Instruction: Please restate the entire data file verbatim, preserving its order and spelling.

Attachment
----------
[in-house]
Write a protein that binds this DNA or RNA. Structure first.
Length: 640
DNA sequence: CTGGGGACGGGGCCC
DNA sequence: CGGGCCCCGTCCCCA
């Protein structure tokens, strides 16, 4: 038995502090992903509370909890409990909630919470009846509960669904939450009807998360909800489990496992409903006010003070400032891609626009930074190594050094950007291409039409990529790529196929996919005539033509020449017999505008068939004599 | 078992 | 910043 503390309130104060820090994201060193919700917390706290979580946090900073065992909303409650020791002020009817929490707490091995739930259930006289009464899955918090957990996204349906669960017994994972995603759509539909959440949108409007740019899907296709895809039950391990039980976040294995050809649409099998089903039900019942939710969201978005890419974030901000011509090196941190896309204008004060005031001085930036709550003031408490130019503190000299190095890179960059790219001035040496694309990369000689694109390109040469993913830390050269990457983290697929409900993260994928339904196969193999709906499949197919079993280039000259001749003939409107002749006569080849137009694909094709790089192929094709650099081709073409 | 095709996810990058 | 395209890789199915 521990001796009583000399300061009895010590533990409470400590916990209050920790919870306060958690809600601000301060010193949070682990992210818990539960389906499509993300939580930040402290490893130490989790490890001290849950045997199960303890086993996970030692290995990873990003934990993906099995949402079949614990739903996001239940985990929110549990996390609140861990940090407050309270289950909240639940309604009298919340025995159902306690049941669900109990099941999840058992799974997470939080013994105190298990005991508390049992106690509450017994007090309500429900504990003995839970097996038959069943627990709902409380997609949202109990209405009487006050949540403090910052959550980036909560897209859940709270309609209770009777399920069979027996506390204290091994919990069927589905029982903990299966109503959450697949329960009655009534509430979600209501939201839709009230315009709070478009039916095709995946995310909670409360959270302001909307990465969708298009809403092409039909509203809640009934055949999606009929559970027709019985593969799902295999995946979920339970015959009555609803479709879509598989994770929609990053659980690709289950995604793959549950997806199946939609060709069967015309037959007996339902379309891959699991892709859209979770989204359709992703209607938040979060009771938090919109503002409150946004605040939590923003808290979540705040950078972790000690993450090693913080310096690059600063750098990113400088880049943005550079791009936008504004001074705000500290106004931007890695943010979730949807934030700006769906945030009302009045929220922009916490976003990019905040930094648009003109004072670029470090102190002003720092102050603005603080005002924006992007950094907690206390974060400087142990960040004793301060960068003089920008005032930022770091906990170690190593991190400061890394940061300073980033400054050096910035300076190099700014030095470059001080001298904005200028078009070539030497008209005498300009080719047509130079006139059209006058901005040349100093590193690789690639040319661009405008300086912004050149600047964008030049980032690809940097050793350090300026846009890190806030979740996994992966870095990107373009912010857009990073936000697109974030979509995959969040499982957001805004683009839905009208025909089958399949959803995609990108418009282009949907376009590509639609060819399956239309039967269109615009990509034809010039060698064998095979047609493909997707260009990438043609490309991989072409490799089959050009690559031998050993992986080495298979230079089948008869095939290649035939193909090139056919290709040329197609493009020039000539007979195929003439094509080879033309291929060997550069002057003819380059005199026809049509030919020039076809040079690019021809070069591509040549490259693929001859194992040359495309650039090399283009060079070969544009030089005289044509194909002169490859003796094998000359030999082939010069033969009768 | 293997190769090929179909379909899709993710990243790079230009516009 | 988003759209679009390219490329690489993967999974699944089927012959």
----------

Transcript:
[in-house]
Write a protein that binds this DNA or RNA. Structure first.
Length: 640
DNA sequence: CTGGGGACGGGGCCC
DNA sequence: CGGGCCCCGTCCCCA
């Protein structure tokens, strides 16, 4: 038995502090992903509370909890409990909630919470009846509960669904939450009807998360909800489990496992409903006010003070400032891609626009930074190594050094950007291409039409990529790529196929996919005539033509020449017999505008068939004599 | 078992 | 910043 503390309130104060820090994201060193919700917390706290979580946090900073065992909303409650020791002020009817929490707490091995739930259930006289009464899955918090957990996204349906669960017994994972995603759509539909959440949108409007740019899907296709895809039950391990039980976040294995050809649409099998089903039900019942939710969201978005890419974030901000011509090196941190896309204008004060005031001085930036709550003031408490130019503190000299190095890179960059790219001035040496694309990369000689694109390109040469993913830390050269990457983290697929409900993260994928339904196969193999709906499949197919079993280039000259001749003939409107002749006569080849137009694909094709790089192929094709650099081709073409 | 095709996810990058 | 395209890789199915 521990001796009583000399300061009895010590533990409470400590916990209050920790919870306060958690809600601000301060010193949070682990992210818990539960389906499509993300939580930040402290490893130490989790490890001290849950045997199960303890086993996970030692290995990873990003934990993906099995949402079949614990739903996001239940985990929110549990996390609140861990940090407050309270289950909240639940309604009298919340025995159902306690049941669900109990099941999840058992799974997470939080013994105190298990005991508390049992106690509450017994007090309500429900504990003995839970097996038959069943627990709902409380997609949202109990209405009487006050949540403090910052959550980036909560897209859940709270309609209770009777399920069979027996506390204290091994919990069927589905029982903990299966109503959450697949329960009655009534509430979600209501939201839709009230315009709070478009039916095709995946995310909670409360959270302001909307990465969708298009809403092409039909509203809640009934055949999606009929559970027709019985593969799902295999995946979920339970015959009555609803479709879509598989994770929609990053659980690709289950995604793959549950997806199946939609060709069967015309037959007996339902379309891959699991892709859209979770989204359709992703209607938040979060009771938090919109503002409150946004605040939590923003808290979540705040950078972790000690993450090693913080310096690059600063750098990113400088880049943005550079791009936008504004001074705000500290106004931007890695943010979730949807934030700006769906945030009302009045929220922009916490976003990019905040930094648009003109004072670029470090102190002003720092102050603005603080005002924006992007950094907690206390974060400087142990960040004793301060960068003089920008005032930022770091906990170690190593991190400061890394940061300073980033400054050096910035300076190099700014030095470059001080001298904005200028078009070539030497008209005498300009080719047509130079006139059209006058901005040349100093590193690789690639040319661009405008300086912004050149600047964008030049980032690809940097050793350090300026846009890190806030979740996994992966870095990107373009912010857009990073936000697109974030979509995959969040499982957001805004683009839905009208025909089958399949959803995609990108418009282009949907376009590509639609060819399956239309039967269109615009990509034809010039060698064998095979047609493909997707260009990438043609490309991989072409490799089959050009690559031998050993992986080495298979230079089948008869095939290649035939193909090139056919290709040329197609493009020039000539007979195929003439094509080879033309291929060997550069002057003819380059005199026809049509030919020039076809040079690019021809070069591509040549490259693929001859194992040359495309650039090399283009060079070969544009030089005289044509194909002169490859003796094998000359030999082939010069033969009768 | 293997190769090929179909379909899709993710990243790079230009516009 | 988003759209679009390219490329690489993967999974699944089927012959």